Yesterday I jump started my first R-44, flew solo in Botswana and entered controlled airspace without annoying Approach or Tower with my radio work. The radio work is straight forward here, Civil Aviation Authority-Botswana follows ICAO standards but depending on who's in the tower, the operator's accent can be hella thick. They follow a standard script so based on how long they chatter back, one can figure out whether to add, "and looking for traffic," to the transmission.
Back in Maun, I got in the Jetranger with the owner, two Spaniards and a bunch of luggage. We convoyed out with the R-44's. A family of eight chartered a ride with us rather than a four hour drive to their remote camp.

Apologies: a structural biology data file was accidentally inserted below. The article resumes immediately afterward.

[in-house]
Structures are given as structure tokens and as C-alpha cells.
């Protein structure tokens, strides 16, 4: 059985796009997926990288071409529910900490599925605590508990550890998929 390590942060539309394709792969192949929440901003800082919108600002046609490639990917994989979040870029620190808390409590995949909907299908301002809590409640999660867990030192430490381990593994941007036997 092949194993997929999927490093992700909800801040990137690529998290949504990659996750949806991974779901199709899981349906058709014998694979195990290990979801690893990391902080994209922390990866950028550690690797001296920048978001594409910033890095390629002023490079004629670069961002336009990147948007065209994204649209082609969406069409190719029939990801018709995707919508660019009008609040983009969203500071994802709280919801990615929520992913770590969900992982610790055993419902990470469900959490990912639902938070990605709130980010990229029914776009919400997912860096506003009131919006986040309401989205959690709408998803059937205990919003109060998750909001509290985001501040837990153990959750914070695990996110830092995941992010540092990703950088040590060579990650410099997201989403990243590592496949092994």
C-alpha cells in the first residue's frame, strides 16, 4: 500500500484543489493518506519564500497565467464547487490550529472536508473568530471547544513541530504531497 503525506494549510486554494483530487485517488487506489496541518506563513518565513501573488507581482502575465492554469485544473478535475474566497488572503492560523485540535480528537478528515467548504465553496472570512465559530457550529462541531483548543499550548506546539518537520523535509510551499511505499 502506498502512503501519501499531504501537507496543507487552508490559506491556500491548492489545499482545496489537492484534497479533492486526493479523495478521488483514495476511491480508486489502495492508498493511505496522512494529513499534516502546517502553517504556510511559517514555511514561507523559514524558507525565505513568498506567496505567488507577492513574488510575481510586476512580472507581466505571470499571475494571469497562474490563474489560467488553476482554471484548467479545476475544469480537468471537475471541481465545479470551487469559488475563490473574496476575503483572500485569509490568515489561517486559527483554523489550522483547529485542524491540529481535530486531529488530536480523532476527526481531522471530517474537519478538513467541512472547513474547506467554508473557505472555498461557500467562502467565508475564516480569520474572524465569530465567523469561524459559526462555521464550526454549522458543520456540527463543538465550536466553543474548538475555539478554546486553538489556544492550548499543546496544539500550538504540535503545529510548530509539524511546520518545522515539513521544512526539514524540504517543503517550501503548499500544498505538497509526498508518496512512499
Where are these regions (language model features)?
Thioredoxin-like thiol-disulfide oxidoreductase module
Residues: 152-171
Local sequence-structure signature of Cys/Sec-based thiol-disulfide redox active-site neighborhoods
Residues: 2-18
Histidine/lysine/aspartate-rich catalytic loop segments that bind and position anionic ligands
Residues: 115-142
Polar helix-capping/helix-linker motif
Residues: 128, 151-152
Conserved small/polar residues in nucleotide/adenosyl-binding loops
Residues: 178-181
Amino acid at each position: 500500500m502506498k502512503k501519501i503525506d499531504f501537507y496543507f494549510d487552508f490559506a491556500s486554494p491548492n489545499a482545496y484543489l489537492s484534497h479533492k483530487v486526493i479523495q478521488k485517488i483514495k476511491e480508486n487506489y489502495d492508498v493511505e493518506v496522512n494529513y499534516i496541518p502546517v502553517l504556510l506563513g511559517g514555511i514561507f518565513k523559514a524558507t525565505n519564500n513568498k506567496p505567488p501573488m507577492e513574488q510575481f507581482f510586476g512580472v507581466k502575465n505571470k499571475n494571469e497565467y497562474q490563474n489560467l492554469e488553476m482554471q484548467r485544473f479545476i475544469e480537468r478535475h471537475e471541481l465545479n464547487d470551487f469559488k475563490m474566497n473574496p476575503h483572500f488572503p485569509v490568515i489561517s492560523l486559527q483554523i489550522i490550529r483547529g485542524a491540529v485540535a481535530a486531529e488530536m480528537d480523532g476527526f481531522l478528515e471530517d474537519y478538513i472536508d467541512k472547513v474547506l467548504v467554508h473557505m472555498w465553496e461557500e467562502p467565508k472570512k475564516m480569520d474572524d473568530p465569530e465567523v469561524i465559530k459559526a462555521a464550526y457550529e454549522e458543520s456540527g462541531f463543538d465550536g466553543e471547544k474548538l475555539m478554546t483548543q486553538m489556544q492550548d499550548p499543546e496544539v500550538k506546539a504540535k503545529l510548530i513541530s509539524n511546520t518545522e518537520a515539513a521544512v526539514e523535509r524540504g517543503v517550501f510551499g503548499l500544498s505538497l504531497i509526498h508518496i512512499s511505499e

Then I hopped in the R-44 to go pick up guests for my first ever scenic flight without a co-pilot. The Russian-Kiwi must have given a favorable report of my decision making for Andrew to push me out of the nest. Jumping from one type of helicopter to another minutes apart makes one pay attention. The Japanese have a word for it, "Mokodi," the same, but different.
So I met the guests, gave them a safety briefing, and lifted off for their scenic flight. "How long have you been doing this?" came through my headset. I looked at my watch and said, "About four minutes." Then we laughed and laughed and I pointed to a giraffe to change the subject. If I'm asked today, I'm gonna say, "Oh don't worry, I've done this once or twice."
And then everything changed. #Scotland
7 hours ago